For the fourth straight year, Occidental will host the Los Angeles Regional Science Olympiad, in which grade 4-12 students from about 130 public and private schools will match their wits and wiles for the chance to compete on a national level. This year’s all-day event will take place on Saturday, February 22.
Students prepare for months for the tournament, which has about 60 events in three divisions: elementary, middle and high school. Approximately 2,000 local students grouped into 15-person teams compete in events that require not just knowledge, but critical thinking and problem-solving skills. In particular, the Science Olympiad engages students in science and engineering practices that mirror how scientists and engineers think and work, while stressing collaboration, communication and creativity.
About 150 Occidental and Caltech science and engineering professors and students and other local science educators will judge the competition, now in its 30th year. Events will be held across campus, both in buildings such as Thorne Hall and Booth Hall as well as in the Quad and other outdoor locations. A number of the tournament events are open to public viewing.
Students compete in the divisions of Earth & Space Science, Physical Science & Chemistry, Technology & Engineering and Inquiry & Nature of Science. Subcategories include Anatomy, Disease Detectives, Forestry, Meteorology, Rocks and Minerals, Crime Busters, Food Science, Thermodynamics and Water Quality.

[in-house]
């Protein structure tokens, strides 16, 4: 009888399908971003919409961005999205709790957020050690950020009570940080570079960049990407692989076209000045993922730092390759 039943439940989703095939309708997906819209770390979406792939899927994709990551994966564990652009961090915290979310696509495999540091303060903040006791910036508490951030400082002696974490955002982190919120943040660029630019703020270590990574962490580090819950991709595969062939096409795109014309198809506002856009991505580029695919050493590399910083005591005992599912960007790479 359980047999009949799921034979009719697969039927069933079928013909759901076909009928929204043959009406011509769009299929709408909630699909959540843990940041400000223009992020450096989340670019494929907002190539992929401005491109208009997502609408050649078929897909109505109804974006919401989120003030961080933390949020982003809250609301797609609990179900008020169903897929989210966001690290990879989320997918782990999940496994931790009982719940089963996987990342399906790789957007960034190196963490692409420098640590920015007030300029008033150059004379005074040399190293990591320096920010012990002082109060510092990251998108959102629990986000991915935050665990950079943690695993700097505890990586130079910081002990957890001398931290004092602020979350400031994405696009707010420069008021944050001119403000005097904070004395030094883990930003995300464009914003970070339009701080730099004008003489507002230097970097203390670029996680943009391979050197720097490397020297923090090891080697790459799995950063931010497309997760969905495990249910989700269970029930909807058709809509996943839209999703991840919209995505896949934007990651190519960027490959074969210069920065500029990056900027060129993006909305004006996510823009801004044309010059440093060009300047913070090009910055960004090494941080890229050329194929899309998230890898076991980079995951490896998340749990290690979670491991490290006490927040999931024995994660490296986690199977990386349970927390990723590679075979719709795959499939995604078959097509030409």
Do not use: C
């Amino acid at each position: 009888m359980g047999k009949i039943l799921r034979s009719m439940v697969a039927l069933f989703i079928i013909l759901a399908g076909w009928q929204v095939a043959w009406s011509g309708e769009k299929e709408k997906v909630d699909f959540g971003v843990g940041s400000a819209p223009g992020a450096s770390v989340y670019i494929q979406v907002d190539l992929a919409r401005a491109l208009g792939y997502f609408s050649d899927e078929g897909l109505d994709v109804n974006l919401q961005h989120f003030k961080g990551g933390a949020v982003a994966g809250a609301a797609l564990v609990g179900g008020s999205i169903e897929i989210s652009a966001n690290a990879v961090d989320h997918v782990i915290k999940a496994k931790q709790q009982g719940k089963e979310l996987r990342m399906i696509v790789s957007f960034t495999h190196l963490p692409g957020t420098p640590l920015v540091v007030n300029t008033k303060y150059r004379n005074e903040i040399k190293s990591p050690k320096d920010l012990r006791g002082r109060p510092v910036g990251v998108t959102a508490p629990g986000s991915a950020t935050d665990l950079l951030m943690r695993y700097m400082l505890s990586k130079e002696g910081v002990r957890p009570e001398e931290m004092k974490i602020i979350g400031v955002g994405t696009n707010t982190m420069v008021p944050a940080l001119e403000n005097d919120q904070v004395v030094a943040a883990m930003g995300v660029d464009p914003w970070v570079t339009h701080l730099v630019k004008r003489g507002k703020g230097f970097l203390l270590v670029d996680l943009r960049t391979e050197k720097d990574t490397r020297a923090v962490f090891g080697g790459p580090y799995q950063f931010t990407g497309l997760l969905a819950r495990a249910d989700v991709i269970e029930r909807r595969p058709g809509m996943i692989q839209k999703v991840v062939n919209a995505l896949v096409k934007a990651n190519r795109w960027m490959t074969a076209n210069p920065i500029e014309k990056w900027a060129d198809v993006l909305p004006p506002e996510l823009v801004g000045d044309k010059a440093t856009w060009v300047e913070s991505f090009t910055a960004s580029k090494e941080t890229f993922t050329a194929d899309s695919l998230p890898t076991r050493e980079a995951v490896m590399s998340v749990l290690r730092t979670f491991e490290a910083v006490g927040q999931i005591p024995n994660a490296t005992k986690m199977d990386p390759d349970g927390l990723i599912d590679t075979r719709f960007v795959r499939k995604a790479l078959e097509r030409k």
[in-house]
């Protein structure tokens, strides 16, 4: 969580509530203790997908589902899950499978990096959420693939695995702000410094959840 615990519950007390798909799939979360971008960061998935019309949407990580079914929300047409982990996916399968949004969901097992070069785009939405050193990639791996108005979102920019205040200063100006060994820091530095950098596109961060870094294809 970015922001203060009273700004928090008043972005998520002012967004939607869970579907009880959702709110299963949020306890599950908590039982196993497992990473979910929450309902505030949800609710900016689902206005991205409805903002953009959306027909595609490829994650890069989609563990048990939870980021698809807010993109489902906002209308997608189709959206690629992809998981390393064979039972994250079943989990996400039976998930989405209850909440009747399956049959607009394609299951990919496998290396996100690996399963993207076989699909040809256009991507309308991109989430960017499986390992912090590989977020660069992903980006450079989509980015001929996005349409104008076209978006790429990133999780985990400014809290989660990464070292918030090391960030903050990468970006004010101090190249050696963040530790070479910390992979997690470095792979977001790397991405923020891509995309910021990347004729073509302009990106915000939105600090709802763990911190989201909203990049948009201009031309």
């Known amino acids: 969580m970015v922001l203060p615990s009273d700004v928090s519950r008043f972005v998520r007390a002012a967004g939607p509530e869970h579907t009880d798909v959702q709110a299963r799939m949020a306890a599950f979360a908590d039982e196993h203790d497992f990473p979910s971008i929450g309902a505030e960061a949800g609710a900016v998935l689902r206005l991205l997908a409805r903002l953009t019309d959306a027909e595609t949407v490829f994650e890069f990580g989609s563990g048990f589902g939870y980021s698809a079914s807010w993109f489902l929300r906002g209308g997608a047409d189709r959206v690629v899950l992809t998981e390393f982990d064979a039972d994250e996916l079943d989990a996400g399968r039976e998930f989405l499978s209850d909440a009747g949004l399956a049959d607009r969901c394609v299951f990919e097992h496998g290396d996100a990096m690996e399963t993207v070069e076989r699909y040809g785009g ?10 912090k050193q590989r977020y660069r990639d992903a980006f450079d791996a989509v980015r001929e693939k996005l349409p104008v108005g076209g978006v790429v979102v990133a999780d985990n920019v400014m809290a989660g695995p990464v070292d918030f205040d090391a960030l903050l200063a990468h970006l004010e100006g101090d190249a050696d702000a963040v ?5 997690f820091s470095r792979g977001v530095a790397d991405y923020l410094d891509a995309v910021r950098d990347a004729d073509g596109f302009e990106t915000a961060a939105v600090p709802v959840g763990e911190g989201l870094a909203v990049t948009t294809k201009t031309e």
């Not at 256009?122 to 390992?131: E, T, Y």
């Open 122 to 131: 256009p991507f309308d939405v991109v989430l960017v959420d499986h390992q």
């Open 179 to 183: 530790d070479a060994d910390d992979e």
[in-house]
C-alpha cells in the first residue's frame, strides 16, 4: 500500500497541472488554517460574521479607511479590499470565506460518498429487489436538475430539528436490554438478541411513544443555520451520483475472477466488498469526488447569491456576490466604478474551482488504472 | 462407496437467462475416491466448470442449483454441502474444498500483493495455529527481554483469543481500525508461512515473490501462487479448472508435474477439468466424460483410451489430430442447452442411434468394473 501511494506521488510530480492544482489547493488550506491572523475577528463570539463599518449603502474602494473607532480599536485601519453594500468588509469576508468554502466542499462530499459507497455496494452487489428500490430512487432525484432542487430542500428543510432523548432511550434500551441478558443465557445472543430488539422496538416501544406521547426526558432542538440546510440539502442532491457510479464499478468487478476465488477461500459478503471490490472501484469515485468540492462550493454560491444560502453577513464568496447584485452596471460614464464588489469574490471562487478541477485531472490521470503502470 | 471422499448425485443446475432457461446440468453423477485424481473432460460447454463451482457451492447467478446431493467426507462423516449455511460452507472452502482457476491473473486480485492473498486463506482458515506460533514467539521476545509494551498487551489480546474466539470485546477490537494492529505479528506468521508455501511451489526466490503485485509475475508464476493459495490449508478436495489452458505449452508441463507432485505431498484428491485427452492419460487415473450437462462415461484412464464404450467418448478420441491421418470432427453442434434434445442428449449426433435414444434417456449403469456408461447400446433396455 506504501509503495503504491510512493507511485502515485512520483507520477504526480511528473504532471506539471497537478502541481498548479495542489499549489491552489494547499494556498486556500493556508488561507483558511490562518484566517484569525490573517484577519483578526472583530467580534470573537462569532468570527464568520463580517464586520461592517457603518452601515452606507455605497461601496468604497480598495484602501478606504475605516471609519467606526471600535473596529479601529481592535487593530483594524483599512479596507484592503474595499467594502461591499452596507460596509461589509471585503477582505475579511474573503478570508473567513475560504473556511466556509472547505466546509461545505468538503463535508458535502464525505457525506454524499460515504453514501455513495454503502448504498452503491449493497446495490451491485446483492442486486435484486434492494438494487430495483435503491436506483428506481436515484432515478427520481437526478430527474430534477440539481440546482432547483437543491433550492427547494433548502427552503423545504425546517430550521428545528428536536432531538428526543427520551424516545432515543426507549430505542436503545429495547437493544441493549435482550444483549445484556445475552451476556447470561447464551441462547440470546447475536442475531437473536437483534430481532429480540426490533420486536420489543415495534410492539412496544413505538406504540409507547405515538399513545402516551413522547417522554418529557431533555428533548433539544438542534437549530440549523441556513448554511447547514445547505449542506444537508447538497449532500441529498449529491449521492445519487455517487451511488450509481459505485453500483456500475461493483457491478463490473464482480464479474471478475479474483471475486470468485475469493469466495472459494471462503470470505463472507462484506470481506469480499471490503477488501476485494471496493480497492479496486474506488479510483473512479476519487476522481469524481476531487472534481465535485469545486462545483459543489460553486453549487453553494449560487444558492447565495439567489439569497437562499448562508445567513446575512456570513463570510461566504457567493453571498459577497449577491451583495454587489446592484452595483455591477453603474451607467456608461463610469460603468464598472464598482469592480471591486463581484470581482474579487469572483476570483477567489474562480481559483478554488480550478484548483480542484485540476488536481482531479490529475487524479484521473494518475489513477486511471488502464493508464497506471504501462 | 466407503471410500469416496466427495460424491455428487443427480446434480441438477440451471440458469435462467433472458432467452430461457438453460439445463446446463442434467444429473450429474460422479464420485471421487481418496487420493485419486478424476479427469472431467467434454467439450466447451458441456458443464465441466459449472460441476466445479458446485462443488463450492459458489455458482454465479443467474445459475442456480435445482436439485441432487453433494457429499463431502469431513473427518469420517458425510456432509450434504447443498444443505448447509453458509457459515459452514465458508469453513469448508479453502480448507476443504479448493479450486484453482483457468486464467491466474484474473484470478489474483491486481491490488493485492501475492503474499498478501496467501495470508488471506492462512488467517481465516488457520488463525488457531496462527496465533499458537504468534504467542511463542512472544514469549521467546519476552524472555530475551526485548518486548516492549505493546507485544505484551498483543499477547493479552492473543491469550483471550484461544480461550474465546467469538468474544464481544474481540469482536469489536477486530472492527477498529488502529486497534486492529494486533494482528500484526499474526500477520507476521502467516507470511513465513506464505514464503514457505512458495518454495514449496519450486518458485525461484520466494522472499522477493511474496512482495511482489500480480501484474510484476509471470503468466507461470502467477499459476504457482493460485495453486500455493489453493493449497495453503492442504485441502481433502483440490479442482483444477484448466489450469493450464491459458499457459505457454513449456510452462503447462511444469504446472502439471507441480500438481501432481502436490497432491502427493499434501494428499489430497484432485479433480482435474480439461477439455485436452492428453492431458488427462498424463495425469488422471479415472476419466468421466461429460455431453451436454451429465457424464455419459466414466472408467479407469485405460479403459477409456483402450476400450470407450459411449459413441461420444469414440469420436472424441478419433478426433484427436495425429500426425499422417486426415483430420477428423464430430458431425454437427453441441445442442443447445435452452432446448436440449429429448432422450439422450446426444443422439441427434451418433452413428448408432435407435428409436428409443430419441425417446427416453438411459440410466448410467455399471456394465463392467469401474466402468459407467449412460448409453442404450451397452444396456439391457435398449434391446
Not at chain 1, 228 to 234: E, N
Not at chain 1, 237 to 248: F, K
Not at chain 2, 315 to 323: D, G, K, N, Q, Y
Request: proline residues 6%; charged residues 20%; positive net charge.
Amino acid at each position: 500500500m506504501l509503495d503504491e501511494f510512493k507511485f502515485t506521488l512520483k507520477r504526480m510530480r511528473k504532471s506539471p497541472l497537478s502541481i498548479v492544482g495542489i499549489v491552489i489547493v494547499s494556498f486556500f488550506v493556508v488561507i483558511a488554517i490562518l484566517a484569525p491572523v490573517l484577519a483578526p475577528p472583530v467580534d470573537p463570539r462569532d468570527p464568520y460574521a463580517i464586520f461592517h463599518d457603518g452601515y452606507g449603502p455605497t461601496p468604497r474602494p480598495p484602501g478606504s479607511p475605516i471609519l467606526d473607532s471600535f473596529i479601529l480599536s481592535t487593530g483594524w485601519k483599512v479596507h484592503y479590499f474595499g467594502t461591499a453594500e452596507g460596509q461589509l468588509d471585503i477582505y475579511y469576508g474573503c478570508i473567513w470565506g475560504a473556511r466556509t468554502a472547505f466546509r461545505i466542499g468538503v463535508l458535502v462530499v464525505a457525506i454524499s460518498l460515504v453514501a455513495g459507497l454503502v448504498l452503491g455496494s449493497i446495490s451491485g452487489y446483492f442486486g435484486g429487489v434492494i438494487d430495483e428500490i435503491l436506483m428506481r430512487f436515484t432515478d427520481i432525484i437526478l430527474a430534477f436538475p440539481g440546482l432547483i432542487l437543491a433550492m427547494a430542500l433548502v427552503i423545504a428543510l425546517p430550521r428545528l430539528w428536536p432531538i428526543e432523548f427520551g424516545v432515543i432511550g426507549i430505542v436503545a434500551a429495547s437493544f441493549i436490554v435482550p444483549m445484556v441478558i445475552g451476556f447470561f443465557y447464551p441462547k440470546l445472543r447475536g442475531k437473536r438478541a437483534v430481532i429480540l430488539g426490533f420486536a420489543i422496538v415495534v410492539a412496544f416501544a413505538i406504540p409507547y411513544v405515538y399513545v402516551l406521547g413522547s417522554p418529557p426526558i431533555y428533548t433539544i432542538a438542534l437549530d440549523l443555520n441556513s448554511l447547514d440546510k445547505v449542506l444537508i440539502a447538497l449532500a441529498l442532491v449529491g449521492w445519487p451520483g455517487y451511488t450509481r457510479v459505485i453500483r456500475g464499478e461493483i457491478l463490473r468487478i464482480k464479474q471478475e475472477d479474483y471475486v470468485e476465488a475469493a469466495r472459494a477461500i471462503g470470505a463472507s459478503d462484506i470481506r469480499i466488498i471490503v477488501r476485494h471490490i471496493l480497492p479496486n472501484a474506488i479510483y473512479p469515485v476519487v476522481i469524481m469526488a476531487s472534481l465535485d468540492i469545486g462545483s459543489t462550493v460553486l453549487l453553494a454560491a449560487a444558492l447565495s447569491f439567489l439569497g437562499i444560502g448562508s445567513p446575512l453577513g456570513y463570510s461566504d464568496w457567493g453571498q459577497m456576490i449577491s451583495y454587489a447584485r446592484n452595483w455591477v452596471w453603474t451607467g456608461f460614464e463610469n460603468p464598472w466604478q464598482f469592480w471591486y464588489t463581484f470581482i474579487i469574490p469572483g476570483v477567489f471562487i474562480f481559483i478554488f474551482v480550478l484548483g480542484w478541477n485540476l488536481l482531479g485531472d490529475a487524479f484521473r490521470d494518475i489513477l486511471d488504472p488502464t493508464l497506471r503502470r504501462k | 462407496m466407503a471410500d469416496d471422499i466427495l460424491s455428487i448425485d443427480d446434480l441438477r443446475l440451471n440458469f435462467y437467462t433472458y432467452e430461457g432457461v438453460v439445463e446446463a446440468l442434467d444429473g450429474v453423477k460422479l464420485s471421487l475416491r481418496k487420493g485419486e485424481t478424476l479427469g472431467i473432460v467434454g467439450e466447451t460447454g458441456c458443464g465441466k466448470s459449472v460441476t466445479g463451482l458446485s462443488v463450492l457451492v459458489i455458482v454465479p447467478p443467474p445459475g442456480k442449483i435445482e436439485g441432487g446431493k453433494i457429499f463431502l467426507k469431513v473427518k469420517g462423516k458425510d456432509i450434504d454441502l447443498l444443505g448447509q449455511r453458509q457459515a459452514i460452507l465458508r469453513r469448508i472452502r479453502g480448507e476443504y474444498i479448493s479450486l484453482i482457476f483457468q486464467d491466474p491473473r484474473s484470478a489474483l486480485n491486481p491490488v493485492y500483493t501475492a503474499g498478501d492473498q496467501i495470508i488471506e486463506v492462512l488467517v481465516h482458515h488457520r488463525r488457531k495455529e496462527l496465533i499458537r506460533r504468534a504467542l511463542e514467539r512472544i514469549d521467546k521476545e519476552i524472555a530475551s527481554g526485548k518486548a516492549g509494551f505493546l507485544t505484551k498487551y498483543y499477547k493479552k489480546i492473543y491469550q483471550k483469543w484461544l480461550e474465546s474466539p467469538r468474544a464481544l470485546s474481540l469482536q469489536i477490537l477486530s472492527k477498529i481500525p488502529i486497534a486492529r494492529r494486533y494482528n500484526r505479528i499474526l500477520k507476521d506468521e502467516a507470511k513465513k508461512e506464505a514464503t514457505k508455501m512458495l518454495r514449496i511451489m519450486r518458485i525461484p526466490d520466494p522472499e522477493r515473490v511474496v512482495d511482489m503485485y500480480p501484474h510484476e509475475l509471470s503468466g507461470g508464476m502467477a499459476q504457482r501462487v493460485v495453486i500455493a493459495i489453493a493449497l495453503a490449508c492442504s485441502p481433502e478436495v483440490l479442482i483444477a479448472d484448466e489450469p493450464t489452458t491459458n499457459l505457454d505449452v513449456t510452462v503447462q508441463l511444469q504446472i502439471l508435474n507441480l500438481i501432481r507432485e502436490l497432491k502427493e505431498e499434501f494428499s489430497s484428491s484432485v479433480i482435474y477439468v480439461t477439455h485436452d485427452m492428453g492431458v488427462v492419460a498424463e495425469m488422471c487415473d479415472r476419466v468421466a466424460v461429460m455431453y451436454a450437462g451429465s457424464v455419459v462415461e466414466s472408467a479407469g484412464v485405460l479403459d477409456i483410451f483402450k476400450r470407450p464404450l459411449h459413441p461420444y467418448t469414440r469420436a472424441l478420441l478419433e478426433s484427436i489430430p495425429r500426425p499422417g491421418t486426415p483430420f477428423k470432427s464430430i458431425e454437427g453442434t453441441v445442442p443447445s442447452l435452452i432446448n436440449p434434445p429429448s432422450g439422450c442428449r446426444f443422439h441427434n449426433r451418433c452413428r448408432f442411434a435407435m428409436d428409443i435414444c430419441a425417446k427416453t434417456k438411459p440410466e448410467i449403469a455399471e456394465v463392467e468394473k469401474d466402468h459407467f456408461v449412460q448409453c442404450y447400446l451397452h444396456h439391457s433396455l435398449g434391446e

Back this year is the popular Scrambler, in which high school students must build a vehicle powered by a gravitational falling mass with an egg strapped to the front. The Scrambler must get as close to a wall as possible without touching it and thus "scrambling" the egg. The exact distance the Scrambler must travel is not provided in advance.
Middle-school students will face a somewhat similar challenge with RoboCross: They have to build a remote-controlled car that will push different items such as ping pong balls, tennis balls and batteries around to different locations on a course to accumulate points.
The event that always draws the biggest crowd is the egg drop off of the library patio. Elementary-school students must build a device that will cradle an egg so that it will hit a target on the ground but not crack.
Always fun for elementary-age kids is the pasta mobile, in which they must construct a vehicle out of any kind of dried pasta and adhesive and then compete to see how far their vehicles can roll down a curved inclined plane.
Other popular events include the Straw Tower, the Tennis Ball Catapult, Making & Using a Key, the Can Race and Crime Busters.
Several winning middle and high school teams go on to compete at the state finals in April. Winners of the state competition then battle other top teams May 16-17 at the 30th annual Science Olympiad National Tournament at the University of Central Florida in Orlando. Besides a trophy and bragging rights, winners receive grants up to $2,000 for their school.
What began as a grassroots assembly of science teachers is now one of the premiere science competitions in the United States, providing rigorous, standards-based challenges to 7,000 teams in 50 states.